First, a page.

In Year 8 our topic is: ‘Injustice and inequality in the world’.

Over the course of Year 8, pupils will study a range of texts that will be from unfamiliar contexts to help them discover the injustices influential writers felt passionate to write about to help pupils discover more about the world around them. In the autumn term, pupils would be reading and studying: ‘The Bone Sparrow’ a heart wrenching novel about the injustices faced by refugees in an Australian detention centre. However, as our current year group have already studied this text in Year 7 they will be taught the text: Wonder to ensure they have the same foundations as other year groups being taught this new curriculum. In the Spring term, pupils will discover and explore poetry from different cultures, which will encourage enjoyment and empathy for a range of cultures. The knowledge and skills taught in this unit will enable pupils to make links with the poetry anthology unit at GCSE. Next pupils will study another Shakespeare play, which will be Macbeth. Pupils will be able to build on their knowledge of patriarchy and in particular the role of women. They will be able to explore in depths the role of Lady Macbeth and how she contradicts the ideal woman at the time, as well as other contextual links such as witches, genocide and the divine right. The study of Macbeth will make a natural transition into the study of gothic literature and then the play: Frankenstein. Pupils will be able to study how the gothic, through an anthology of texts, emerged from the Romantic Movement (which they studied in Year 7) to become popular during the Victorian period.

In Year 9 our topic is: ‘Using your voice to make a difference in the world’.

Over the course of Year 9, pupils will be given opportunities to explore a range of texts and influential writers to enable them to feel empowered to use their own voices to make an impact on the world around them. They will begin their study in the autumn term exploring a unit: Places, Spaces and Voices, where they will explore an anthology of world literature to inspire them to develop their own writer’s craft from Year 7 and Year 8. They will then move onto an introduction of Dickens, where they will develop their understanding of Victorian context from their study in Year 7 (Treasure Island) and Y8 (Gothic Literature) so pupils can begin to understand how Dickens’ writing is so influential, in particular, ‘A Christmas Carol’ which will be studied at GCSE. In the spring term, pupils will move onto an introduction of: ‘An Inspector Calls’, where there will be extracts from: ‘Things a bright girl can do’ interwoven through the scheme so pupils can explore and understand the Suffragette movement and how this impacted women at the time. This will then lead into the Edwardian society and how Priestley was influenced to write his play: ‘An Inspector Calls’, which will be one of the GCSE texts studied. Pupils will then spend a full term exploring the text: ‘Rani and Sukh’, which is a modern tale of love and vengeance exploring two young urban British Asians, as they negotiate their way through two cultures. This study will enable pupils to have an introduction to Shakespeare’s Romeo and Juliet, which will be their selected GCSE text. Finally, pupils will explore how to use their voice, using Greta Thunberg and a collection of influential speeches from: ‘No one is too small to make a difference’. This will equip our pupils with the necessary skills to develop a mature voice and practise writing a range of persuasive and provocative pieces of texts, which will prepare them for Paper 2, section B at GCSE.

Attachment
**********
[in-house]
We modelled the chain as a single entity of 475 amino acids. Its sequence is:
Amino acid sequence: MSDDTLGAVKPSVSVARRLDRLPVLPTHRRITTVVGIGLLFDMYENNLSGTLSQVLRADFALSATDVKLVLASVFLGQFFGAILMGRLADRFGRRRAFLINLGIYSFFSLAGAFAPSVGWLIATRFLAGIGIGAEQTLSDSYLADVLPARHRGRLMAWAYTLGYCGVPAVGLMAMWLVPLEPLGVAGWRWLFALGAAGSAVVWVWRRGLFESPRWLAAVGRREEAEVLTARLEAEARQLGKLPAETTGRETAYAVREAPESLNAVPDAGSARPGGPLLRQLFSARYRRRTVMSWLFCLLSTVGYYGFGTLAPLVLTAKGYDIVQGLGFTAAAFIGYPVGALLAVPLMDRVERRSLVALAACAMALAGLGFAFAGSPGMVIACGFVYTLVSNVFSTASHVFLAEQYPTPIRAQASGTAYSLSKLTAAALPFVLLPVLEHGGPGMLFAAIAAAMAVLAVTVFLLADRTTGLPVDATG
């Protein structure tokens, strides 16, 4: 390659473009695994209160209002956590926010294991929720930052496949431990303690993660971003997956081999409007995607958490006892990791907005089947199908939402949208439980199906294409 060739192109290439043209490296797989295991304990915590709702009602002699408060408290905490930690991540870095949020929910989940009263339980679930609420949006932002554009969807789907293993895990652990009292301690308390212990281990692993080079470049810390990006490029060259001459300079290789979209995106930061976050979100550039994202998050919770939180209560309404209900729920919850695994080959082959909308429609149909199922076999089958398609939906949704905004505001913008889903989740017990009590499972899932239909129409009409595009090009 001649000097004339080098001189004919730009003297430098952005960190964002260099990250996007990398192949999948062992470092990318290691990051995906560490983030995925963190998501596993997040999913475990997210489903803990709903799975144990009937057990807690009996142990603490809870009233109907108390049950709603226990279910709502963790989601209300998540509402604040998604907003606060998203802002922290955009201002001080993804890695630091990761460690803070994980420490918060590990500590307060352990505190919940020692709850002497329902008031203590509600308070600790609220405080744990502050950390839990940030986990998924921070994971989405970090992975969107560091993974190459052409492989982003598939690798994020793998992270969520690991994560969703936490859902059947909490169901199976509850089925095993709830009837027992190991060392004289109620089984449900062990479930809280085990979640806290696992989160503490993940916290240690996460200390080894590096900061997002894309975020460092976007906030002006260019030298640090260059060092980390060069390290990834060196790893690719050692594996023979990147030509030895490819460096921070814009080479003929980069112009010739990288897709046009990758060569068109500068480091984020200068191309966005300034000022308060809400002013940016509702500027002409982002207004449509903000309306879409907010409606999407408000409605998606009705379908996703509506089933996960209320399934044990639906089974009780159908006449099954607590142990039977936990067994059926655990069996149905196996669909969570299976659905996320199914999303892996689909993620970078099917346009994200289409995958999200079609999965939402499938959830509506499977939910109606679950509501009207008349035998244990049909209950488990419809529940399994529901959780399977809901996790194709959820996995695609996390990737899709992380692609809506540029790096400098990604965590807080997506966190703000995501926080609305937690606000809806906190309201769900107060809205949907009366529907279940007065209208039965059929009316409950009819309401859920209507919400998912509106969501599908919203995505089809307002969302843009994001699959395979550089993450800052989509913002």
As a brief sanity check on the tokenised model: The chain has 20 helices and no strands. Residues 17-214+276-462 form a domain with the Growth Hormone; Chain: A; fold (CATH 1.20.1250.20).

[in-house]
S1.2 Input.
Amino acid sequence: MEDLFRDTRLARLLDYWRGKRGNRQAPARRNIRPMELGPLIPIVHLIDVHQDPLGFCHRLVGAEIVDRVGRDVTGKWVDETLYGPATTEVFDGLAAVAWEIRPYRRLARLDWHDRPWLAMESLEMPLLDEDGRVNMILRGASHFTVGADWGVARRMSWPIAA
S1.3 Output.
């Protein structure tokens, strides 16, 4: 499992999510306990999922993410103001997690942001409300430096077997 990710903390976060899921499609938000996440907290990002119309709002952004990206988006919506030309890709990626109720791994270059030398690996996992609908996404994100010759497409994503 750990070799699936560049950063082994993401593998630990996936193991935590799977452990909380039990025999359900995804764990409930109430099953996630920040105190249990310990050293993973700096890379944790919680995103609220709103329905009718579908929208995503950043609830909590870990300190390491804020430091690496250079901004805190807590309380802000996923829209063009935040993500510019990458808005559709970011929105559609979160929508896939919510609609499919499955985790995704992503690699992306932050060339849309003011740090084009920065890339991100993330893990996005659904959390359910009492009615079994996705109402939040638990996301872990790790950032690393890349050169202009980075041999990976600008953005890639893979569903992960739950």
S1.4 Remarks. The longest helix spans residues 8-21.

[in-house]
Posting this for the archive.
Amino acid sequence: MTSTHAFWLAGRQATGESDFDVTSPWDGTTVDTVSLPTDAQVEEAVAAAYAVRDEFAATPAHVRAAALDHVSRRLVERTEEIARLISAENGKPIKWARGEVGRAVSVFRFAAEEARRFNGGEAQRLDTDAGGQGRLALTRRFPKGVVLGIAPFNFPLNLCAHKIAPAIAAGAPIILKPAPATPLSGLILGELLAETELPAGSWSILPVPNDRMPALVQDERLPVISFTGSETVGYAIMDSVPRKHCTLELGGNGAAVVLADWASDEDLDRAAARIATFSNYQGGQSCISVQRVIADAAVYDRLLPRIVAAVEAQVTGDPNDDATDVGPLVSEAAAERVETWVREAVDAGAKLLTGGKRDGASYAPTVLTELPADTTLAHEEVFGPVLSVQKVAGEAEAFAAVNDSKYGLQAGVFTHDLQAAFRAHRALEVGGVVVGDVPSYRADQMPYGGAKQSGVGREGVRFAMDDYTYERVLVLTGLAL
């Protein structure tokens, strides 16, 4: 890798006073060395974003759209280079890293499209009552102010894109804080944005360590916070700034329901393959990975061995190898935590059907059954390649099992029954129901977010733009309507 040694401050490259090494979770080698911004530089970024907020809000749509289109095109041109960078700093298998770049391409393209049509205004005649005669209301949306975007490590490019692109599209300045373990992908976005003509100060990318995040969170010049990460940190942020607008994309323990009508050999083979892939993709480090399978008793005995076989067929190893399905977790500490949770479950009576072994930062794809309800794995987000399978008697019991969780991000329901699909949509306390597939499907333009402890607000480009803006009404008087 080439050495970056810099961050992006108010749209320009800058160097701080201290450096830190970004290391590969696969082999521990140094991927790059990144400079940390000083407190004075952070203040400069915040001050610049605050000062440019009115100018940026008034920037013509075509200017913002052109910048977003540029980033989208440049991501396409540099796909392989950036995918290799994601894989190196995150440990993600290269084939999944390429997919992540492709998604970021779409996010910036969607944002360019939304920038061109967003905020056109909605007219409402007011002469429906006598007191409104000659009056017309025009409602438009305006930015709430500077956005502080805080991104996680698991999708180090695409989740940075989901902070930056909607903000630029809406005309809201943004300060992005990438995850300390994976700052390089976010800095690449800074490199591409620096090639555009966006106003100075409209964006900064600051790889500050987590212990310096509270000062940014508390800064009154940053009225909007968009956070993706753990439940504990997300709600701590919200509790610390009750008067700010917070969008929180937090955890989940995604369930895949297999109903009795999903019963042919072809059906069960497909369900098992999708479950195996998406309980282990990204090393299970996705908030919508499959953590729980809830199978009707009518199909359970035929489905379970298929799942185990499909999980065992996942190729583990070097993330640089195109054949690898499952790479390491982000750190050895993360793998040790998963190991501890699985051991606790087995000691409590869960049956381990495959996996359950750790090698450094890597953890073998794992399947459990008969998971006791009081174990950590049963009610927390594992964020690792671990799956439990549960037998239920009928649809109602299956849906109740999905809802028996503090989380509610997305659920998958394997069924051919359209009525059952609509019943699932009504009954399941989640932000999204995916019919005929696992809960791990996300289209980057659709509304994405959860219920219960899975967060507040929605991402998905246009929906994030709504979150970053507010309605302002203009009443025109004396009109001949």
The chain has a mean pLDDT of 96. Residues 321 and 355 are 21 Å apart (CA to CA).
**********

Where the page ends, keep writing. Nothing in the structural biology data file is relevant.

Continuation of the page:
In Year 10 pupils will begin their GCSE study.

Due to the current Covid-19 circumstances, Year 10 will begin their GCSE study by exploring a range of gothic fiction texts to prepare for Language Paper 1 and to help recap the analytical skills and using the PEEL structure, which are crucial skills needed to help them succeed in their GCSE study. There will also be opportunities in the classroom for class discussions to help enrich pupils and support them to regain their confidence in the classroom. Pupils will then study their GCSE Literature texts: Power and Conflict Poetry, Romeo and Juliet, A Christmas Carol and An Inspector Calls. Years 7-9 will have built the foundations for these texts through their study of context for various literature texts and time periods that contribute to the literature timeline. Studying the literature texts in Y10 will also alleviate the pressure in Year 11 and give them enough time to prepare and practise exam questions in preparation for their GCSEs.